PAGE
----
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Designer Diary: Dice Heist, or Art and Other Accidents

Trevor Benjamin
United Kingdom
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Board Game: Dice Heist
In 2014 we — that is, Brett Gilbert and Trevor Benjamin — began working on a push-your-luck dice and card game. Dice Heist is not that game.

In that other game, players took turns making a run at a single ladder of cards. They would roll dice to move down the ladder, one rung at a time. After each roll, they could call it quits, taking all the cards on all the rungs traversed, or — in classic push-your-luck fashion — they could roll on, with the hope of winning more but at the risk of losing it all. After each run, regardless of the player's success or failure, a new card was added to each rung and the next player would take their turn.

While that game wasn't without its charm, it suffered from some pretty severe problems. First, the outcome could be swingy — really swingy. The size of the "pot" increased quickly, and winning a big one could net a ridiculous number of points. And if the player before you won big, you'd be faced with a very small pot — a pot that you were nonetheless forced to make a run at since the game offered you no other choice. And to top it all off, the extended nature of the dice rolling made individual turns too long — and in a short game players got too few of them — all of which made a "bust" feel devastating.

From gallery of TrevormBenjamin
Early prototype of "that other game"

Enter Dice Heist. One evening, on the way home from our weekly playtest session, the spark of a new game emerged from the ether — a spark that, as it turned out, contained a cluster of solutions to the problems we were having with our original game.

First, what if players weren't forced to make a run if faced with a weak pot? What if they could pass instead? And what if passing meant they could increase their chances of success on a later turn? This binary choice — to pass or play — became the core, driving mechanism of Dice Heist: Each turn you either "recruit a sidekick" (that is, take a die and add it to the number you can roll on a later turn) or "attempt a heist" (roll your dice).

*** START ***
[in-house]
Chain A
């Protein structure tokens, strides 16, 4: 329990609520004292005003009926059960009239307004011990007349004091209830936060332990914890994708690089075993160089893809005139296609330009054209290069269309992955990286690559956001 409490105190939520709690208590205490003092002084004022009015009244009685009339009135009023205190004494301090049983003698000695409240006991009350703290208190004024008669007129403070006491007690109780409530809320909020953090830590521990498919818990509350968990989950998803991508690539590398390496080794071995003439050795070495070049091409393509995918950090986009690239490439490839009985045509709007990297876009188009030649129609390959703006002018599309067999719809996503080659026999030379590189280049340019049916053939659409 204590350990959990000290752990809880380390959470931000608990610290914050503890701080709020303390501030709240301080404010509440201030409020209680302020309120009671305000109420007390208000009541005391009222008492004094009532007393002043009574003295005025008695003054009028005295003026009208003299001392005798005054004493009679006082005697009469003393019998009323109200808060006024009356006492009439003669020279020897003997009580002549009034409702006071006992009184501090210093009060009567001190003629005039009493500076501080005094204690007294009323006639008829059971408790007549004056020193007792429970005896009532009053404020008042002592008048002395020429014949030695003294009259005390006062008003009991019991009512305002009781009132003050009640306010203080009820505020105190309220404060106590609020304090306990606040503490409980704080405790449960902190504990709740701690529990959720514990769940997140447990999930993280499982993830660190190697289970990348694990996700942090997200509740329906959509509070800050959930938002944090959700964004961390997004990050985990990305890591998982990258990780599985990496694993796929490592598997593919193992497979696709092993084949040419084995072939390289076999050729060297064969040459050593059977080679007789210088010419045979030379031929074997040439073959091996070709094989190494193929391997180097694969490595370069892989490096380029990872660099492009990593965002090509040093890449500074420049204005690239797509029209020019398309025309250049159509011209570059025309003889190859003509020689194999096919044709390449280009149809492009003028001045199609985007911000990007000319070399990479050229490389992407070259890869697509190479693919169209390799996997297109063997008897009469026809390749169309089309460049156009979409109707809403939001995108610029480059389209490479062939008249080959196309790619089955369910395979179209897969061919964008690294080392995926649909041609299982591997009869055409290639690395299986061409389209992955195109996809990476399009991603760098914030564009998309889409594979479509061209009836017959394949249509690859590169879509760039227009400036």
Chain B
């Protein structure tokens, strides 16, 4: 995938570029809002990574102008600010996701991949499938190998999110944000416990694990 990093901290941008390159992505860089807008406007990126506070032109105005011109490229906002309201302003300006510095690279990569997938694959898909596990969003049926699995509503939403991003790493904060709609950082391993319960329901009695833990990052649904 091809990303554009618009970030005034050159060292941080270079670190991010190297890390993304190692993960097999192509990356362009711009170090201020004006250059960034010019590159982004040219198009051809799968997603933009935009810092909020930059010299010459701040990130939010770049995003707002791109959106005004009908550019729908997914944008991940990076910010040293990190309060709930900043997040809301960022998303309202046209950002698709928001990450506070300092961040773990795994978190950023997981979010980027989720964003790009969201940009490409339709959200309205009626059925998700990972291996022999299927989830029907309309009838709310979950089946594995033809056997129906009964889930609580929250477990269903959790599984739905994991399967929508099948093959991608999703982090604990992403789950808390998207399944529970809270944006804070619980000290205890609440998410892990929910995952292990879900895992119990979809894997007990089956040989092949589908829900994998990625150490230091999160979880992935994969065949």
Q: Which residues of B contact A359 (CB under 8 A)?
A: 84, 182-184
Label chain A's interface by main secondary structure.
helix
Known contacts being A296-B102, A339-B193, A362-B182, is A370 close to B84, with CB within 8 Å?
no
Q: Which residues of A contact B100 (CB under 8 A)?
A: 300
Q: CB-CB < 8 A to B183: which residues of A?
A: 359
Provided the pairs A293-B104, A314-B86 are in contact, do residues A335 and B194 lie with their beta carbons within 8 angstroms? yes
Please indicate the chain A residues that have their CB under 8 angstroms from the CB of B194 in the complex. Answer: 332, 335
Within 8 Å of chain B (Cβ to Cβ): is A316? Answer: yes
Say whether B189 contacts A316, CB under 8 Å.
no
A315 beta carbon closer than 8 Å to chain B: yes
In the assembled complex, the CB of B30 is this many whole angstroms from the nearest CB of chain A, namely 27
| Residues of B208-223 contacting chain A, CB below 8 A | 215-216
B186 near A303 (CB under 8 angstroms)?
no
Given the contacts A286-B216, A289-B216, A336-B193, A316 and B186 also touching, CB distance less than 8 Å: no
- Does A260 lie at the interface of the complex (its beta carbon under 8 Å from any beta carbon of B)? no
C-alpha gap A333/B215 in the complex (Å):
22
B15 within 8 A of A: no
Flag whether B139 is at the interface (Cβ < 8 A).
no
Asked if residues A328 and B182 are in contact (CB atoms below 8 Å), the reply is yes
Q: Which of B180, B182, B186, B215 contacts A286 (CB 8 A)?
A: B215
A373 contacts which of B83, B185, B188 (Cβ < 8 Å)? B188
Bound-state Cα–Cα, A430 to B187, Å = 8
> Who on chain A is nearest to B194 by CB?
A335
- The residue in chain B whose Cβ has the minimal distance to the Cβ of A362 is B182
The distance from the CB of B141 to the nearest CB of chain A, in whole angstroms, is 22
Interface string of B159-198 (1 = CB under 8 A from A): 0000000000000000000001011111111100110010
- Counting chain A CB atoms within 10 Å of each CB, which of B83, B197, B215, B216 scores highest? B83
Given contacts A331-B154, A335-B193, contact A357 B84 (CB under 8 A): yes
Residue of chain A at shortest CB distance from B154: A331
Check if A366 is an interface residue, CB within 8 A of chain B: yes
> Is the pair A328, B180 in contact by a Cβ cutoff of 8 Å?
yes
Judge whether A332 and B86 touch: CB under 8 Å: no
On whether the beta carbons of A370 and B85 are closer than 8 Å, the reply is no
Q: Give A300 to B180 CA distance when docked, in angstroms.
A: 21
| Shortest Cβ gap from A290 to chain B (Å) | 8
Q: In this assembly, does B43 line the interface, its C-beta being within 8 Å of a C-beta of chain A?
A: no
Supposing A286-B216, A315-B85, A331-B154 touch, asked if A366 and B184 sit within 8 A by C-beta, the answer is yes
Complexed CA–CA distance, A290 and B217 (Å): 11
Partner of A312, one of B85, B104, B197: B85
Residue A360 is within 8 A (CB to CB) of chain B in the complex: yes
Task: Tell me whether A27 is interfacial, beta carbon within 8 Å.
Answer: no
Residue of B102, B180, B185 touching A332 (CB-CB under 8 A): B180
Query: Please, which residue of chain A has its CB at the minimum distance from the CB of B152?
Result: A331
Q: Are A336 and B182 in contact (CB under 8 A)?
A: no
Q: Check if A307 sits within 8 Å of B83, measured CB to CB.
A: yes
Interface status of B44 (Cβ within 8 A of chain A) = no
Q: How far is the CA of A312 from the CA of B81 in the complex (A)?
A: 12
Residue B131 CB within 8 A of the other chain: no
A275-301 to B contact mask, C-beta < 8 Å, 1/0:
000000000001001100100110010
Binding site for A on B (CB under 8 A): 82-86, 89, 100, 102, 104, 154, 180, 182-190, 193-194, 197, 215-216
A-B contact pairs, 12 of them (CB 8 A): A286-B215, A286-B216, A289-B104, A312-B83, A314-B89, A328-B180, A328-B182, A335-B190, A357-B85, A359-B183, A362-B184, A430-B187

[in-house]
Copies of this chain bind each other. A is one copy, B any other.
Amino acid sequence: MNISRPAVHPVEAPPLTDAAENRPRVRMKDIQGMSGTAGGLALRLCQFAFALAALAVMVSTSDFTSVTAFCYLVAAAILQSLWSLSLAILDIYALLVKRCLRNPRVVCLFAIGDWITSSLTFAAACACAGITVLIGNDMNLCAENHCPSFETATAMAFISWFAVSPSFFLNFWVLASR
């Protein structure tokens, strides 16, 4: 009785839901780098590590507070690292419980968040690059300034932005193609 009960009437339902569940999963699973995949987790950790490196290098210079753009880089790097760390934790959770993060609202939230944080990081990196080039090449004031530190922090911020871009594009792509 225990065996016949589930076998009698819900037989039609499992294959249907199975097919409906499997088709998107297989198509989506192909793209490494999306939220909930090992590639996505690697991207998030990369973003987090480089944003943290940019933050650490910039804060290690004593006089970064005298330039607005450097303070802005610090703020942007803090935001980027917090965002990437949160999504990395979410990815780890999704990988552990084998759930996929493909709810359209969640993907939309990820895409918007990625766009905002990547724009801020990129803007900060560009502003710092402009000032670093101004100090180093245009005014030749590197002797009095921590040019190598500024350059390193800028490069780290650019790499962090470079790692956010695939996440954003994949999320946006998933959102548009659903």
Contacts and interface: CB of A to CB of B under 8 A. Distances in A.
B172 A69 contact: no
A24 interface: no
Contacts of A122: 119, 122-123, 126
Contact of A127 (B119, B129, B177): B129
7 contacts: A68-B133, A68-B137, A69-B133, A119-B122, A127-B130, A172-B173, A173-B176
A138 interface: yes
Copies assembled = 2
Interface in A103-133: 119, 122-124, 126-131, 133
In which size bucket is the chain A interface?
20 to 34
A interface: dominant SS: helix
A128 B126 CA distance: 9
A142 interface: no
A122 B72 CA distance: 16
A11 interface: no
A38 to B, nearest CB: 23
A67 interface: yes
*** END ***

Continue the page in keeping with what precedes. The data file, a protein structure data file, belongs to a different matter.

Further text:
Second, what if there weren't a single pot? In Dice Heist there are four separate museums, each accumulating their own separate stocks of exhibits: cards representing paintings, artifacts, and gems. When you attempt a heist, you must choose which of the four museums to target. If you succeed, you win only those cards. By splitting the pot in this way, a single good turn doesn't necessarily sweep the whole board and leave nothing for anyone else. The next player is never left just fighting for the scraps; they can always choose to take another die and improve their chances for next time.

Finally, what if the gut-wrenching risk-reward decision was condensed into a single moment? A single choice followed by a single roll? In Dice Heist you don't keep rolling and re-rolling, each time calling it quits or pushing on. Instead you choose your level of risk — which museum to target and how many dice to roll — then roll those dice once. If at least one of your dice beats the museum's "security level" (a simple pip value from 2 to 5), you succeed and grab all of that museum's loot; if none of them do, you fail.

From gallery of TrevormBenjamin
Final prototype of Dice Heist

That's the story of how we made Dice Heist: the happy accident. We didn't intend for it to replace our original game, but we're very pleased that it did — and we hope you are, too!

Trevor & Brett

From gallery of TrevormBenjamin
From gallery of TrevormBenjamin
From gallery of TrevormBenjamin
From gallery of TrevormBenjamin
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